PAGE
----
The Company has no off-balance sheet arrangements that have or are reasonably likely to have a current or future effect on its financial condition, changes in financial condition, revenues or expenses, results of operations, liquidity, capital expenditures or capital resources that are material to investors.

 

Critical Accounting Estimates

 

The preparation of financial statements in conformity with US GAAP requires management to make estimates and assumptions that affect the reported amounts of assets and liabilities and disclosure of contingent assets and liabilities at the date of the financial statements and reported amounts of revenues and expenses during the reporting period. The most significant estimates used in the financial statements relate to revenue recognition where the Company measures progress towards completion on a cost-to-cost basis for fixed-price contracts, the allowance for doubtful accounts, and the valuation allowance for deferred income tax assets. These estimates require judgments, which are based on historical experience and on various other assumptions, as well as specific circumstances. Estimates may change as new events occur, additional information becomes available or operating environments change.

 

Refer to Part II. Item 7. “Management’s Discussion and Analysis of Financial Condition and Results of Operations,” in our Annual Report on Form 10-K for the year ended December 31, 2020 for a discussion of our critical accounting policies and estimates.

 

Recently Issued Accounting Standards

 

Refer to Note 1 in Part II. Item 8. “Financial Statements and Supplemental Data,” in our Annual Report on Form 10-K for the year ended December 31, 2020 for a discussion of recently issued accounting standards.

 

Share Repurchase Program

 

On December 23, 2019, the Board authorized the repurchase of up to 500 shares of the Company’s outstanding common stock. This repurchase program was funded from cash on hand and cash provided by operating activities. The Board separately authorized the repurchase of additional shares during the three months ended March 31, 2020, in a privately negotiated transaction. During the three months ended March 31, 2020, 744 shares of common stock were purchased for an aggregate amount of $524. The repurchase program was exhausted as of March 31, 2020.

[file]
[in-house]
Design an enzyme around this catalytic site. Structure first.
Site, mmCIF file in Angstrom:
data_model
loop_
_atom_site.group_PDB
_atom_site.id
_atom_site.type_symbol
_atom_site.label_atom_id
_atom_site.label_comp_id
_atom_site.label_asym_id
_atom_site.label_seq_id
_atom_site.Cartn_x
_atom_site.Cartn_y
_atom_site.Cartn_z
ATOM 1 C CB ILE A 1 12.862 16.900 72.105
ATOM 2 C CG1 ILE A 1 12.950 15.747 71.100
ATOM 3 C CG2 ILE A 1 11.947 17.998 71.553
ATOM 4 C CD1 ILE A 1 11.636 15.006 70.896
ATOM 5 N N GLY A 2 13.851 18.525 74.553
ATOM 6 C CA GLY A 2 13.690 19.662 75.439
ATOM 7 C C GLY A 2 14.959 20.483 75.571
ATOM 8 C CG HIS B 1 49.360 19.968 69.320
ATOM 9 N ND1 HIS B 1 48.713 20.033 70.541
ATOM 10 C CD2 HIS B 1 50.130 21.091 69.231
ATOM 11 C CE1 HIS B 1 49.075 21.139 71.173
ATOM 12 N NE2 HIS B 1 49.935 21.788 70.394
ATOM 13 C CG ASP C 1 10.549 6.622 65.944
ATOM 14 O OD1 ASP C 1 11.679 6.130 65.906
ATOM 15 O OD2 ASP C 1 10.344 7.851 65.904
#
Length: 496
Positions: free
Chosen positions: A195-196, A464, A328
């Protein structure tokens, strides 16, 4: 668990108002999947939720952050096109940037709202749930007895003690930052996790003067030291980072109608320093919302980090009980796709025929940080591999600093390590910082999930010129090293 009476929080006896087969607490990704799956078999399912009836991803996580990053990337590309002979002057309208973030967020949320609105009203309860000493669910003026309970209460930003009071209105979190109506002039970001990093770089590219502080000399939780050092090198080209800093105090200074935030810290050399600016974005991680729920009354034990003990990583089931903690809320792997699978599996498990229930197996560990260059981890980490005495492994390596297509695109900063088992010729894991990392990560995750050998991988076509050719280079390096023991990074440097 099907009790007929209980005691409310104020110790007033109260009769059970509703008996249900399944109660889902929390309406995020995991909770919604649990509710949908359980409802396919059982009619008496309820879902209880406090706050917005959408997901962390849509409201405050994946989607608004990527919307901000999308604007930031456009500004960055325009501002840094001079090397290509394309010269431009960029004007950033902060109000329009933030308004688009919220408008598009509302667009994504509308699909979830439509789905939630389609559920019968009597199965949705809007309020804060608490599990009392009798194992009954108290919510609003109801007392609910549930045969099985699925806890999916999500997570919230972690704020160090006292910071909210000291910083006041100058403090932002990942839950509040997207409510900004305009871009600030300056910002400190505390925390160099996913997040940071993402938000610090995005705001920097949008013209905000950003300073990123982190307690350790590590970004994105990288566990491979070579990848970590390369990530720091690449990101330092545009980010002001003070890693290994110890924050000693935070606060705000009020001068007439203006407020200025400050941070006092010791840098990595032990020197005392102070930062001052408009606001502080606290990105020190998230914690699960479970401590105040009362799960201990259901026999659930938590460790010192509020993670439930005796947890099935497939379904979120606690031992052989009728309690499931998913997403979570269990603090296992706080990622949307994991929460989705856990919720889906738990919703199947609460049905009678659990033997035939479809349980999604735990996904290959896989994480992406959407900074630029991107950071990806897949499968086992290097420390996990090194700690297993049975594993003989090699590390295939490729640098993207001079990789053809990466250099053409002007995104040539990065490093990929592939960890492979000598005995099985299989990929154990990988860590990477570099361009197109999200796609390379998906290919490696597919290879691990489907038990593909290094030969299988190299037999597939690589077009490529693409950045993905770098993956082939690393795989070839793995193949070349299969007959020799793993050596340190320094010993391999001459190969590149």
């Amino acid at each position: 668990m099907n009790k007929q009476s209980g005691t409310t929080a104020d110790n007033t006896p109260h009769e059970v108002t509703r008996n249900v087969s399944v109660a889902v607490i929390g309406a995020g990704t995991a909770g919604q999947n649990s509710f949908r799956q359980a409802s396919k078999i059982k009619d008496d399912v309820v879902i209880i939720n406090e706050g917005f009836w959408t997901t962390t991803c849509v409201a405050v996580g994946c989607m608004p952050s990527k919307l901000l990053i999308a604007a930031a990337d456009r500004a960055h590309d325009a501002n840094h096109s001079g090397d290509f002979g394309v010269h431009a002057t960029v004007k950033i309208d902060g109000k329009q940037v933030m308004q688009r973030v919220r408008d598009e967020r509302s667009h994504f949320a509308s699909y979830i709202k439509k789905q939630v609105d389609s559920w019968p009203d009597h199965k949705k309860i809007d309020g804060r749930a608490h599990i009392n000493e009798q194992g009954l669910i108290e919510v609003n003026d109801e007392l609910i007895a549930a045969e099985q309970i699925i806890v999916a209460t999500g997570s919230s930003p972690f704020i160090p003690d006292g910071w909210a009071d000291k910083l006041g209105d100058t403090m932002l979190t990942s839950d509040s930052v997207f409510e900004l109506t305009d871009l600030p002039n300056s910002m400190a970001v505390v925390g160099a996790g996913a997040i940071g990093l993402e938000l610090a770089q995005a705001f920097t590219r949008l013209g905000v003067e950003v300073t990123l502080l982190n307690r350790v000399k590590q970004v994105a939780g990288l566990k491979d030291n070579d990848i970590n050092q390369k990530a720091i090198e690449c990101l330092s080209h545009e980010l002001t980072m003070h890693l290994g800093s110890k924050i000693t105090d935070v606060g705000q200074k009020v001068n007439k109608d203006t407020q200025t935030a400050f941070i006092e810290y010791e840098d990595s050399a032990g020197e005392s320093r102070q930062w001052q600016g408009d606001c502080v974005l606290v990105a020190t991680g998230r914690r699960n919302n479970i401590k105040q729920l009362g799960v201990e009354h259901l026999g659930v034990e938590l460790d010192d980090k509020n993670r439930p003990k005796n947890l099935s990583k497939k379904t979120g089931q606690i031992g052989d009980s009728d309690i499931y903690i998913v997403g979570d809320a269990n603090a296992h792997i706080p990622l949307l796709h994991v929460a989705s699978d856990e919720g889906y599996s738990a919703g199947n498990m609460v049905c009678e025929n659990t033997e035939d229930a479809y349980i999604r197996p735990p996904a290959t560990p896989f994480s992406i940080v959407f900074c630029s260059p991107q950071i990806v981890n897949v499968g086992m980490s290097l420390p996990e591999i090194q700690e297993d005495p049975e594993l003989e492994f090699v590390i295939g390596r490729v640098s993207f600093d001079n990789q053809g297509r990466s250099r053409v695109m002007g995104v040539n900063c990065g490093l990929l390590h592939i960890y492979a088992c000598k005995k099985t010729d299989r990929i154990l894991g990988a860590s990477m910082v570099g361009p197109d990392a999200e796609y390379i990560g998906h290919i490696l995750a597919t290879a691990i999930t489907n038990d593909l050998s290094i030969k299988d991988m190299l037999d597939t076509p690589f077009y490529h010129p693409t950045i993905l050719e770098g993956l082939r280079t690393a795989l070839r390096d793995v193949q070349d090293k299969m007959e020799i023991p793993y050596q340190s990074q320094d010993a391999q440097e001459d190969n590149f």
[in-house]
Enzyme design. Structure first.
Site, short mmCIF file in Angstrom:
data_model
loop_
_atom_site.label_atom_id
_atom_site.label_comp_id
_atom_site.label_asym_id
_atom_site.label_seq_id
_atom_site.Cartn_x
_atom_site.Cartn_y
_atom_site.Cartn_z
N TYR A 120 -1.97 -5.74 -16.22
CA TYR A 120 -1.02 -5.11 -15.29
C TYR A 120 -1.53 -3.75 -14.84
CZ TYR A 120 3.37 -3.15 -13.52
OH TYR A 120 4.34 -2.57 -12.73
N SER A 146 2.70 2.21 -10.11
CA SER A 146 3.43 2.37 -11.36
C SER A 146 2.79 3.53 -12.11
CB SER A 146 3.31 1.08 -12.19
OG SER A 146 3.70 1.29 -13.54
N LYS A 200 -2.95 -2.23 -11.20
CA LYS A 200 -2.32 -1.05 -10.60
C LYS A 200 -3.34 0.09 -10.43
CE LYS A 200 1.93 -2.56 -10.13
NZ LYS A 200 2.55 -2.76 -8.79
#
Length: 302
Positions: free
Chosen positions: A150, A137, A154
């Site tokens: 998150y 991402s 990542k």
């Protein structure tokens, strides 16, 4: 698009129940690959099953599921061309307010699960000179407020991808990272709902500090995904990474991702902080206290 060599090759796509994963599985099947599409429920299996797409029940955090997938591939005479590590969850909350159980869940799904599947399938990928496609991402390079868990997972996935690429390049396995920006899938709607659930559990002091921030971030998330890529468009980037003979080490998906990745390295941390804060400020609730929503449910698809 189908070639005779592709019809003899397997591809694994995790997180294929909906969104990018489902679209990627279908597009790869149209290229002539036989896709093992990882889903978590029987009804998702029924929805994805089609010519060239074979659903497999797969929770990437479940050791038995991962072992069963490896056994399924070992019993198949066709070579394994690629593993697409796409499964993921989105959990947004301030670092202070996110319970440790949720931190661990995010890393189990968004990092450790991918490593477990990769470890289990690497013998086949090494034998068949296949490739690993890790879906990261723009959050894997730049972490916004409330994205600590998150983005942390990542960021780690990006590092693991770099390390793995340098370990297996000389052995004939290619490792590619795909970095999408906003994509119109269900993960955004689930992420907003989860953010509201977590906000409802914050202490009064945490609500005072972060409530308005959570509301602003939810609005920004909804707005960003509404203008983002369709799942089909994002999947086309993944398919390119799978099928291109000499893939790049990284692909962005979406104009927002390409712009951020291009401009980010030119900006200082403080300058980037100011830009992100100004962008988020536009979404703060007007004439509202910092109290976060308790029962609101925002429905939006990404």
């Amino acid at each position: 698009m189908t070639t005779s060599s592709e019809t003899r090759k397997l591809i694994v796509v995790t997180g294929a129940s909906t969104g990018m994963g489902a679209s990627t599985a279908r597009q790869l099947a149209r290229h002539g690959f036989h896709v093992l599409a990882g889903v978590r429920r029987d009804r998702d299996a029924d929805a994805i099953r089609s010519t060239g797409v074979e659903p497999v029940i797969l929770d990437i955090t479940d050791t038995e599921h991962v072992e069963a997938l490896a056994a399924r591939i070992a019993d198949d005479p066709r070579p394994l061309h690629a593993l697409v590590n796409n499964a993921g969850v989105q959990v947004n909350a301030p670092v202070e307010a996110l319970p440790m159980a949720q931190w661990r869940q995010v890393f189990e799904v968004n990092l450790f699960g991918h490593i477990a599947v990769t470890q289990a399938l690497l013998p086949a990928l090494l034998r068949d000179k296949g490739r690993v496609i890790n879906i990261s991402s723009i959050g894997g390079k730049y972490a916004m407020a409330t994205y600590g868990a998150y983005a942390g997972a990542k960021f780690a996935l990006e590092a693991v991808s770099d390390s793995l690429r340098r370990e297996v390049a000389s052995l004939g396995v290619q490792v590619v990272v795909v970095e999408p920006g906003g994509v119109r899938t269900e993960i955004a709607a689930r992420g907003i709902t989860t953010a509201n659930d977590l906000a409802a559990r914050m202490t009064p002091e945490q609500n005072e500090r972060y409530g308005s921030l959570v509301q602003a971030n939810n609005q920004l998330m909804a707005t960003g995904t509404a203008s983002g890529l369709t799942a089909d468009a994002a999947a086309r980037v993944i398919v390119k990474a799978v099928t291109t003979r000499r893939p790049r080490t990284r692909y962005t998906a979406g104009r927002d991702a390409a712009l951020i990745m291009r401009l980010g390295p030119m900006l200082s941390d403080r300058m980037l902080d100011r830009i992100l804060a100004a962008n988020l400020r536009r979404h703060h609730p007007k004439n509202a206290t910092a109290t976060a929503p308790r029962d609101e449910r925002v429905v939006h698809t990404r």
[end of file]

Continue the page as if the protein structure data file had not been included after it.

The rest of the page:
ITEM 3. QUANTITATIVE AND QUALITATIVE DISCLOSURES ABOUT MARKET RISK.

 

Not Applicable

 

 

  16  

 

 

 

ITEM 4. CONTROLS AND PROCEDURES

  

Evaluation of Disclosure Controls and Procedures.   The Company’s disclosure controls and procedures are designed to ensure that such information required to be disclosed by the Company in reports filed or submitted under the Exchange Act is recorded, processed, summarized and reported within the time periods specified in the SEC’s rules and forms. The Company’s disclosure controls and procedures are also designed to ensure that such information is accumulated and communicated to management, including the principal executive and the principal financial officer, as appropriate to allow timely decisions regarding required disclosures. There are inherent limitations to the effectiveness of any system of disclosure controls and procedures, including the possibility of human error and the circumvention or overriding of controls and procedures. Accordingly, even effective disclosure controls and procedures can only provide reasonable assurance that control objectives are attained. The Company’s disclosure controls and procedures are designed to provide such reasonable assurance.

  

The Company’s management, with the participation of the principal executive and principal financial officer, evaluated the effectiveness of the design and operation of the Company’s disclosure controls and procedures as of March 31, 2021, as required by Rule 13a-15(e) of the Exchange Act. Based upon that evaluation, the principal executive and the principal financial officer have concluded that the Company’s disclosure controls and procedures were effective as of March 31, 2021.